Locals are known as "Los Come Sopa". Though there is no official reason as to why they are called this, a few stories have been suggested. Among the tales is the belief that since the town did not have a local meat market people had to travel long distances in order to buy some meat and therefore ate soup. Ceiba is known as "La Ciudad del Marlin". Ceiba was founded on April 1838 by Luis de la Cruz. Ceiba derives its name from an Indian word Seyba, the name for a famous tree that grows in the island, the Ceiba pentandra. Ceiba is home of the Ceiba Forest which extends along the coastline between Fajardo. 95% of the forest is classified as mangrove. Various species of birds can be seen as well as manatees, its rivers includes. The municipality extends northwest into the seas between Fajardo and Culebra and thereby includes the reefs and islets named Arrecifes Hermanos and Arrecifes Barriles; the reef are closest to the coastal barrio of Machos, but barrio boundaries are not defined in that area. Hurricane Maria on September 20, 2017 triggered numerous landslides in Ceiba with the significant amount of rain that fell.
Like all municipalities of Puerto Rico, Ceiba is subdivided into barrios. Ceiba barrio-pueblo Chupacallos Daguao Guayacán Machos Quebrada Seca Río Abajo Saco Ceiba Historic Mural Los Machos Beach Medio Mundo Beach Roosevelt Roads Base The cellist Pablo Casals lived in Ceiba. Enamorado Marathon - February Air Show - April 2/3 Marlin Festival - May - June Fiestas Patronales-San Antonio de Padua - June Fiesta Nacional de la Raza - October Marathon Del Pavo - November Encendido Navideño - December Former IBF world Jr. Middleweight boxing champion Carlos Santos hails from Ceiba. Ceiba has an amateur AAA baseball team Los Marlins de Ceiba. Chi-Chi Rodriguez, Pro golfer is from Ceiba; as in most towns of Puerto Rico it was founded on the Christian ideas and faith statements of the Roman Catholic Church which prevailed in previous centuries through Spaniard tradition. The town still maintains a central Roman Catholic church. Manufacturing. José Aponte de la Torre Airport offers commercial flights on four airlines.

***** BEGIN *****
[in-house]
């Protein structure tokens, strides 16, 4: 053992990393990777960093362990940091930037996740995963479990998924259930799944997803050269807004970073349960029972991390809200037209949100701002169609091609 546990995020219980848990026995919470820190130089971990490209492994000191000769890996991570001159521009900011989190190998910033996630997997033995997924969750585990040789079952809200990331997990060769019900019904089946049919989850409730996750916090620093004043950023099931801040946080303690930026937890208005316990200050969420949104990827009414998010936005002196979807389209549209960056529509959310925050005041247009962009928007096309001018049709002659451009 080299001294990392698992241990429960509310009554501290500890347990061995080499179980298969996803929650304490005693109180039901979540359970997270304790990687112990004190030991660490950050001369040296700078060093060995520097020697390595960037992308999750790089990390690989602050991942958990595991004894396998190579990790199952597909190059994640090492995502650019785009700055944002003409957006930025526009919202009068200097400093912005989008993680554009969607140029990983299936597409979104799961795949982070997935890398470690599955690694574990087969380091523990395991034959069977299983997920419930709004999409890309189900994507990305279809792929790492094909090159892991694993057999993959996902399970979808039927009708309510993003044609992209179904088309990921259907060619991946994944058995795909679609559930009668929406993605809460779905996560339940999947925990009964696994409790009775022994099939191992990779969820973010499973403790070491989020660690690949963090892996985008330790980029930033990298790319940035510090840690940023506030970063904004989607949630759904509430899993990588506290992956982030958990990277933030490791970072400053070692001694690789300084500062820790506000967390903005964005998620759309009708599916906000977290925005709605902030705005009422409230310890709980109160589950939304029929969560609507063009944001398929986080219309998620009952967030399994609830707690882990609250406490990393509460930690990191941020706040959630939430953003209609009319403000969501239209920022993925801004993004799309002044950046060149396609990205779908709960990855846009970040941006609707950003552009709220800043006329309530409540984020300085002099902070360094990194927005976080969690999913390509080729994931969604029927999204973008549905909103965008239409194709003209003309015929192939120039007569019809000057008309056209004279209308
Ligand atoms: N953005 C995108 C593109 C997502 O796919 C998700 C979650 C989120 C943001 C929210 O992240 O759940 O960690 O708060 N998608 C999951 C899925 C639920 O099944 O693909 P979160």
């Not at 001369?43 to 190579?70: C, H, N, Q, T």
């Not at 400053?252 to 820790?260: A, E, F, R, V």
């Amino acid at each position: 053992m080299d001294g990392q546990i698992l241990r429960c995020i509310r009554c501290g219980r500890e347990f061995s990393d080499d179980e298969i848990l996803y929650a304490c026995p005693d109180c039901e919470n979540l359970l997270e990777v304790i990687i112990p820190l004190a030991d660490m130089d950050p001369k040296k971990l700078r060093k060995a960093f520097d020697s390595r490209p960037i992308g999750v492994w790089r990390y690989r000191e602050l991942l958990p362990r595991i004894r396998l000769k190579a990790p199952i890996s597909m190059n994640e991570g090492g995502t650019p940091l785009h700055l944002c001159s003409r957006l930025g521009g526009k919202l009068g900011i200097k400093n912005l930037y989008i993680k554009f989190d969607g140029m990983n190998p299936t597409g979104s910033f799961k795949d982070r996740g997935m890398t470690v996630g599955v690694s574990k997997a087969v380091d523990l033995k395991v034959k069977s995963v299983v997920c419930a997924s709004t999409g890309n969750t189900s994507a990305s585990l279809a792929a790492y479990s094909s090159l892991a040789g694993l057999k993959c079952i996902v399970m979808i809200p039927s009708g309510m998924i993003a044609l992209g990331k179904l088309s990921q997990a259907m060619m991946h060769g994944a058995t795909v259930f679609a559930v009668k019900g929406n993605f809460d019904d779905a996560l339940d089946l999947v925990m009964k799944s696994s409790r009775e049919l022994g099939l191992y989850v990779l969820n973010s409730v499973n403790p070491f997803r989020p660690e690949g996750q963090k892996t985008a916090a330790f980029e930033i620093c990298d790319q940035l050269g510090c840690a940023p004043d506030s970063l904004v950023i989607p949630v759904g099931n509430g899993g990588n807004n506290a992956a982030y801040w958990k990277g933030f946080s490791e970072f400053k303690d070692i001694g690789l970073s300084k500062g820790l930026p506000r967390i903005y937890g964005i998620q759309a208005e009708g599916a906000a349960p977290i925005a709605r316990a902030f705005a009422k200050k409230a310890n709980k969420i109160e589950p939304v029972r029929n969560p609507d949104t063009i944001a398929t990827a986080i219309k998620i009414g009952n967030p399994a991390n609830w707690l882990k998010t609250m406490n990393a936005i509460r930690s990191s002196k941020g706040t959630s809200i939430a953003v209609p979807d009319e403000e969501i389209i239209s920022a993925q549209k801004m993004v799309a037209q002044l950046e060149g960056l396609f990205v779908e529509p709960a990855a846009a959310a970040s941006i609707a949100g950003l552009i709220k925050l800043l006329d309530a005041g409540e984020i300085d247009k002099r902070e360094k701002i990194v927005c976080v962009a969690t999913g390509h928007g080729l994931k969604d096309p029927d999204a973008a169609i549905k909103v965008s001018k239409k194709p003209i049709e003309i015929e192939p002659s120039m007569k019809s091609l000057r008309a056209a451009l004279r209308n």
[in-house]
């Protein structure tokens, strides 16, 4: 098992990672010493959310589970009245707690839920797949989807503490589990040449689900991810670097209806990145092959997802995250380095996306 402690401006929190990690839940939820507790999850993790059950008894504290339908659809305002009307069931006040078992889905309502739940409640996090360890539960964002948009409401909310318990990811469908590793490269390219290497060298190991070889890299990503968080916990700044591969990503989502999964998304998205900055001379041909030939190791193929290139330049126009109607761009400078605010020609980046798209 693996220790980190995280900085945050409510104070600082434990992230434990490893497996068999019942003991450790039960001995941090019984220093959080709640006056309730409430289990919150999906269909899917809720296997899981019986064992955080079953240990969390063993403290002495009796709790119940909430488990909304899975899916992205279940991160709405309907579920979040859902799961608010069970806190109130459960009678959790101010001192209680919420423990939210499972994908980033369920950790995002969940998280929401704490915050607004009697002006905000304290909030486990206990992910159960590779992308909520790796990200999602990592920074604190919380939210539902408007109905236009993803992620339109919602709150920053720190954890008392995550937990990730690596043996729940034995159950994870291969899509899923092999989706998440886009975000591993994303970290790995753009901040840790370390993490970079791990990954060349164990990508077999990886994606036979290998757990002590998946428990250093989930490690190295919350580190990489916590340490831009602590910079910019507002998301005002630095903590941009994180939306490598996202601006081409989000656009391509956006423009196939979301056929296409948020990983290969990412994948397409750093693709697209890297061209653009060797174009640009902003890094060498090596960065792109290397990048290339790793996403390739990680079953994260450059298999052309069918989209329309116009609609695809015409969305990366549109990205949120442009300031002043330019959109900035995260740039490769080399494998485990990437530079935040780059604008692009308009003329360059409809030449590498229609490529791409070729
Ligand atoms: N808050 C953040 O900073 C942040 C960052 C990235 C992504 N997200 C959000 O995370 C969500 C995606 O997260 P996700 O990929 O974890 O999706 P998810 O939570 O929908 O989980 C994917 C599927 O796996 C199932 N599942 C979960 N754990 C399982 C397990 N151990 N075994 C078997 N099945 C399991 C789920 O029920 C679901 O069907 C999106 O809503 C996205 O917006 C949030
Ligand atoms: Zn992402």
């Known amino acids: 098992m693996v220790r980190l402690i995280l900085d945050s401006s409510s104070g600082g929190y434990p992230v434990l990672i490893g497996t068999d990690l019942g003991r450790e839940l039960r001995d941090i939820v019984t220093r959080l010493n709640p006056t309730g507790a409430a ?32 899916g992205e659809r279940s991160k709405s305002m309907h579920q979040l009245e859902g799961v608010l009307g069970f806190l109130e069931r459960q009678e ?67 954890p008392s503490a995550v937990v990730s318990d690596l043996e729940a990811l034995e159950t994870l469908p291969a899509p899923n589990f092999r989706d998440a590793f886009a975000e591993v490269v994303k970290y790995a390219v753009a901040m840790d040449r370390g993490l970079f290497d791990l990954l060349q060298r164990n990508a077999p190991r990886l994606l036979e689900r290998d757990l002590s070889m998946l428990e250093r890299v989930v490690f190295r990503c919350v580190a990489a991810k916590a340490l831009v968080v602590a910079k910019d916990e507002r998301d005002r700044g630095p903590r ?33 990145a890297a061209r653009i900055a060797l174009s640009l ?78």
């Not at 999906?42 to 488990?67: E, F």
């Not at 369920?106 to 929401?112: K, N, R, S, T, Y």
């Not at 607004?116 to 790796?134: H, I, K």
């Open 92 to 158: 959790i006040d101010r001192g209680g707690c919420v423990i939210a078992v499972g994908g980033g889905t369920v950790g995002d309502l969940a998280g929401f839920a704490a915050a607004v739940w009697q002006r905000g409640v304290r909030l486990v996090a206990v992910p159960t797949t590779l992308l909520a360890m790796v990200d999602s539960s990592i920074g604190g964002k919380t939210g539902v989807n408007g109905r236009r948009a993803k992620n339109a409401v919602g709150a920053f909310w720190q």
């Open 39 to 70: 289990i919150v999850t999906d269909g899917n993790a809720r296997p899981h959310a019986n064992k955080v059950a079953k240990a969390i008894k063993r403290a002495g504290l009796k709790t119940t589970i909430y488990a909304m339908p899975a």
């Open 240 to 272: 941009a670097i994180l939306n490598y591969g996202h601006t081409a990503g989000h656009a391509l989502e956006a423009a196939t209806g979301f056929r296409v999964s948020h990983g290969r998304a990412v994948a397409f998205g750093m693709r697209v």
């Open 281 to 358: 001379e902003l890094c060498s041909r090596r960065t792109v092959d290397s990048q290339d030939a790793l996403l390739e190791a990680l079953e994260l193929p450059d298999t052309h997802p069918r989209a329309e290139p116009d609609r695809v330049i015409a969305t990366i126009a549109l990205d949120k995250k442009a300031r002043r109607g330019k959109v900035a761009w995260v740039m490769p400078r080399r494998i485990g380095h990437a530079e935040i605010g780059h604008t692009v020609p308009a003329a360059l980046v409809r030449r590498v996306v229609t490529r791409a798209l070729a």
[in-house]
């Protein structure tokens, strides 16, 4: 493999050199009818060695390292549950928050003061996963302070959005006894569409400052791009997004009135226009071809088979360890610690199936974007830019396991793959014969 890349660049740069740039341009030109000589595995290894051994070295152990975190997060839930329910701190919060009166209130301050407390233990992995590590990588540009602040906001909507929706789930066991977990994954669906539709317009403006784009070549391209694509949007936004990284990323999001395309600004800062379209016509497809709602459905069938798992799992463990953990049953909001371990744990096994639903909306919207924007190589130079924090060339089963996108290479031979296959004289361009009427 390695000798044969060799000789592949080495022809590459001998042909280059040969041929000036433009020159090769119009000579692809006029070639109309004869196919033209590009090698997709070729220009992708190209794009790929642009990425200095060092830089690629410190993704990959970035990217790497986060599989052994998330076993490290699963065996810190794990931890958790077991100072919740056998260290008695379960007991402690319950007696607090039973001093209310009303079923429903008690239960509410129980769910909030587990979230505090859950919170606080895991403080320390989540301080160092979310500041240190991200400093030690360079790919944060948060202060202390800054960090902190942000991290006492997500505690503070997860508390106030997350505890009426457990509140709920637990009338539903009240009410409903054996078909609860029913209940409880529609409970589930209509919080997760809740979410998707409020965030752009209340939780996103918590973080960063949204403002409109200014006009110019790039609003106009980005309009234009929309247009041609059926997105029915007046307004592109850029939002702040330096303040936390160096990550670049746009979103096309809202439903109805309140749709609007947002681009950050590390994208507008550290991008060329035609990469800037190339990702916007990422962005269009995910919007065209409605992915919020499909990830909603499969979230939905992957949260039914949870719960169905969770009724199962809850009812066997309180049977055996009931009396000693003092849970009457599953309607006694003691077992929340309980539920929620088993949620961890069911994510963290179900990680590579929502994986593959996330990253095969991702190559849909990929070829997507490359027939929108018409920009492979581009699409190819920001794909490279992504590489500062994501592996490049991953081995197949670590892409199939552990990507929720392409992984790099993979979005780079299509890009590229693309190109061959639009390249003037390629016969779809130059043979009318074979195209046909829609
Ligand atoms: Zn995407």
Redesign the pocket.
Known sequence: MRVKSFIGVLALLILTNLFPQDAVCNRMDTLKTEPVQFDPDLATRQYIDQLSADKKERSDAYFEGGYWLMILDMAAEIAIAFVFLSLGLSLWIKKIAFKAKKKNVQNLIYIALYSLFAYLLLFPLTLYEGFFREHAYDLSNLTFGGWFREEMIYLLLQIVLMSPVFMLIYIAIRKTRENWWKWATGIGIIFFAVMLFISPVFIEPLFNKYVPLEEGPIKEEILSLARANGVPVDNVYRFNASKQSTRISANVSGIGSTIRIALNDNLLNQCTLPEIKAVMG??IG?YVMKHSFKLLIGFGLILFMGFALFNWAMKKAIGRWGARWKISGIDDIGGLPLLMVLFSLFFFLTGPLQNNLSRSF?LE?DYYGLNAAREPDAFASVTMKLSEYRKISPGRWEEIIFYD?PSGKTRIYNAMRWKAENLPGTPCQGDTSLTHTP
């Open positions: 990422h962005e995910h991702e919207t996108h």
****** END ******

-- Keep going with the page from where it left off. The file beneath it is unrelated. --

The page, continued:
There are 29 bridges in Ceiba. Carlos Santos - former IBF Junior Middleweight Champion of the World. Luis Vigoreaux - radio and television show host, announcer and producer. Luis Vigoreaux was found murdered in one of Puerto Rico's most intriguing celebrity's scandal. Domingo Quiñones - although born in Perth Amboy, New Jersey. Pablo Casals - built his home in Ceiba at the age of 80. Rogelio Figueroa Garcia - was born in Puerto Rico, he is a Puerto Rican engineer, a politician, the co-founder of the Puerto Ricans for Puerto Rico political party. McJoe Arroyo - IBF Super Flyweight world boxing champion Jaron Brown - is a wide receiver for the Seattle Seahawks, he was born in Ceiba, PR All municipalities in Puerto Rico are administered by a mayor, elected every four years. The current mayor of Ceiba is Angelo Cruz Ramos, of the New Progressive Party, he was elected at the 2012 general elections. The city belongs to the Puerto Rico Senatorial district VIII, represented by two Senators. In 2012, Pedro A. Rodríguez and Luis Daniel Rivera were elected as District Senators.
Ceiba's flag derives its design and colors from the municipal coat of arms. This maintains the same symbolism given to the coat of arms, it red in the left side and green on the right. The red side depicts a yellow cross, it depicts a shield with golden field with a Ceiba tree in the middle. In the upper part of the shield it has a red horizontal line with a golden cross in the middle and two golden flowers in each side; the cross symbolizes the Christian faith as well as a recognition to Don Luis de la Cruz who founded the town. The golden flowers represent sugar cane flowers. Above the shield there is a golden Spanish fort. List of Puerto Ricans History of Puerto Rico Roosevelt Roads Naval Station Did you know-Puerto Rico? Welcome to Puerto Rico! Ceiba